• ‘We begin testing nursing majors as they enter their first nursing courses in the sophomore year.’
      • ‘In the senior class alone, seventy students are Economics majors.’
      • ‘He's also teaching mathematics to non math majors at my old alma mater.’
      • ‘All majors in honors must complete at least one semester of study abroad in a French-speaking country.’
  • 5Logic
    A major term or premise.

  • 6Bridge

    short for major suit
    • ‘The Americans used more familiar methods: five-card majors and a 16-18 1NT with weak Two-bids in three suits.’
    • ‘He figured out that North must have had plenty of strength in both majors, and a singleton or even a void in diamonds.’
  • 7A person of full legal age.

verb

[NO OBJECT]major in
NZ, North American, Australian
  • Specialize in (a particular subject) at college or university.

    ‘I was trying to decide if I should major in drama or English’
    • ‘She is currently a part-time student in her first at York University where she is majoring in French Studies.’
    • ‘I also had four students who would be majoring in art education in college.’
    • ‘While at the reservation, Ben enrolled in the local university where he majored in wildlife biology.’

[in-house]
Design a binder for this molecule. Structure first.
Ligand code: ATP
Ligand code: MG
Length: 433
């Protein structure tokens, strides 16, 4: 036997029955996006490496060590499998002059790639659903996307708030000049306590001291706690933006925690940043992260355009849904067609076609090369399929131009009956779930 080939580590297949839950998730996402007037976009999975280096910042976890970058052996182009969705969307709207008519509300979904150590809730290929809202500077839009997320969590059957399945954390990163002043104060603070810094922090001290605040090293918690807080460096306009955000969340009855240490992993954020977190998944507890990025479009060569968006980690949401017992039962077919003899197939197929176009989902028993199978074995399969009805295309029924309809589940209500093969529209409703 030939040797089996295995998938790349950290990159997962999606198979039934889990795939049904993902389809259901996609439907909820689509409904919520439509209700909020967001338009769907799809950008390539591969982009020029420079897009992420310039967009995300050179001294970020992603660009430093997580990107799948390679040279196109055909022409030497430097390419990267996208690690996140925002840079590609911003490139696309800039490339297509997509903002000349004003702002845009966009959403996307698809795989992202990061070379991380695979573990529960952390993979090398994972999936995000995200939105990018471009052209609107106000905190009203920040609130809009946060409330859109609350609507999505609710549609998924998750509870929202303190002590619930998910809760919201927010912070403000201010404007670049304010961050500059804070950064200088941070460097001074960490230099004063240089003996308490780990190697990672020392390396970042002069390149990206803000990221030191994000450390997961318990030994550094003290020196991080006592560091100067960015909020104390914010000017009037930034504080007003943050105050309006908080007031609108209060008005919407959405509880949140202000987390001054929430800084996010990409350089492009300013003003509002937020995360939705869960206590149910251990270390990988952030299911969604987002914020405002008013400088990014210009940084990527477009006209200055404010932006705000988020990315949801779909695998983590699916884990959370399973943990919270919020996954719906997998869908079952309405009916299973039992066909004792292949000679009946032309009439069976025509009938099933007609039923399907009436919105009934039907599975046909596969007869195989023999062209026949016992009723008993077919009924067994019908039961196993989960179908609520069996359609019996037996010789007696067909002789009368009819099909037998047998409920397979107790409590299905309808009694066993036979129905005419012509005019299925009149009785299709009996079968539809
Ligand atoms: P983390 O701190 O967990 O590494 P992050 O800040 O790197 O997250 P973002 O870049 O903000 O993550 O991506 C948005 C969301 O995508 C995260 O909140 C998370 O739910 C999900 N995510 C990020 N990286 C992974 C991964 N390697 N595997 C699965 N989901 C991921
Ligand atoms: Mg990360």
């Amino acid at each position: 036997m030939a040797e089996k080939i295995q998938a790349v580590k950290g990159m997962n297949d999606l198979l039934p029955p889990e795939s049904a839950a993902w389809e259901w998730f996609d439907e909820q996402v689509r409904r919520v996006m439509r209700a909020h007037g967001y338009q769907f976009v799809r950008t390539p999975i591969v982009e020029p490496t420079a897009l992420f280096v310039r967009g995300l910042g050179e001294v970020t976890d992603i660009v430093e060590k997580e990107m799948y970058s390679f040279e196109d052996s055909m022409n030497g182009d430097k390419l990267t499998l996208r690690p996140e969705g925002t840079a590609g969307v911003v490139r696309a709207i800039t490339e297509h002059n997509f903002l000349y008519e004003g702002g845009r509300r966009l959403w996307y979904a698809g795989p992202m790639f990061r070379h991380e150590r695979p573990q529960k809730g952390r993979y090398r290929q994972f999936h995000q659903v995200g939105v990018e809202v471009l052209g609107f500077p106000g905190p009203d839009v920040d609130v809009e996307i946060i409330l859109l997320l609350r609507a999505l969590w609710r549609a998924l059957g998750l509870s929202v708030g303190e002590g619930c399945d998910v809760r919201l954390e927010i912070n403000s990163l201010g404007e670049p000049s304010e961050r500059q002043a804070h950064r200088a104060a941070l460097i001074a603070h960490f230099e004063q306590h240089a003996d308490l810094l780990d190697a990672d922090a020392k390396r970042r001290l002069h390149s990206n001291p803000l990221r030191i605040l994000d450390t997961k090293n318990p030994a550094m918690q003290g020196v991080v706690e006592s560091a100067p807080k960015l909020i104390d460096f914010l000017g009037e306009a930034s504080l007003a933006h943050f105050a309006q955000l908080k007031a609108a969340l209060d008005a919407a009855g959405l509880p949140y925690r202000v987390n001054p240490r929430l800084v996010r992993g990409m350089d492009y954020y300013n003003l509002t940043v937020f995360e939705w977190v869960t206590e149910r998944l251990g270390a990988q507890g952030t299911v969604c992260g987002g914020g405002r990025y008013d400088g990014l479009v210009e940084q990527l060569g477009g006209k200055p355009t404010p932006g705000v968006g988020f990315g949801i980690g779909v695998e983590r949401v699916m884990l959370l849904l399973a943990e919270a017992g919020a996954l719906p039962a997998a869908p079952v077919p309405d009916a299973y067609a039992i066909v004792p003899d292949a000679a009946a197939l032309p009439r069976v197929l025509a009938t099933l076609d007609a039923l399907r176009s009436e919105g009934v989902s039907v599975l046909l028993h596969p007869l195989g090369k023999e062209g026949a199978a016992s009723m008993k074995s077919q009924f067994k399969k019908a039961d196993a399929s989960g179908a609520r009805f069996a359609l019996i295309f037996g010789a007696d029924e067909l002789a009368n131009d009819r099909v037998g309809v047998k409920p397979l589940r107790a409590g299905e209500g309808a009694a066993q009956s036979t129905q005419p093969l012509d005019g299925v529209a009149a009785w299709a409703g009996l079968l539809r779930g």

• ‘It wasn't until my senior year of high school that I decided to major in special education.’
    • ‘In Saudi Arabia, nearly one in five undergraduates majors in Islamic studies.’
    • ‘His love of art continued after high school, and he attended Towson State University where he majored in art.’
    • ‘I've been a long time fan of television, even going so far as to major in it in college.’
    • ‘All students proposing to major in Humanities must first be admitted to the Humanities Honors Program.’
    • ‘He is an undergrad student majoring in journalism at the University of Minnesota.’
    • ‘I am now a graduate student majoring in journalism at University of Missouri-Columbia.’
    • ‘After high school Lamb went to Delaware State University, where he majored in political science.’
    • ‘A member of Trinity College's class from Newton, Massachusetts, he majored in history and religion.’
    • ‘Vickie attended Nebraska Wesleyan University, where she majored in Chemistry and Spanish.’
    • ‘He actually went to school at University of Pennsylvania, majoring in biology.’
    • ‘She even has ambitions to return to college and major in interior design and business.’
    • ‘He majored in transportation at the University of Texas at Austin.’
    • ‘He is a university graduate who majored in architecture and engineering.’
    • ‘Madden graduated from Buffalo State University, where he majored in art education.’
    • ‘Born in Saskatchewan, Grant sowed the seeds for her specialty by majoring in psychology at the University of Saskatchewan.’
    • ‘Alice went to the Santa Fe State University and majored in communication and minored in Spanish.’
    • ‘Brown is a graduate from Washington University who majored in English literature.’
    study, do, take
    View synonyms

Origin

Middle English: from Latin, comparative of magnus ‘great’; perhaps influenced by French majeur.

Pronunciation

major

/ˈmājər//ˈmeɪdʒər/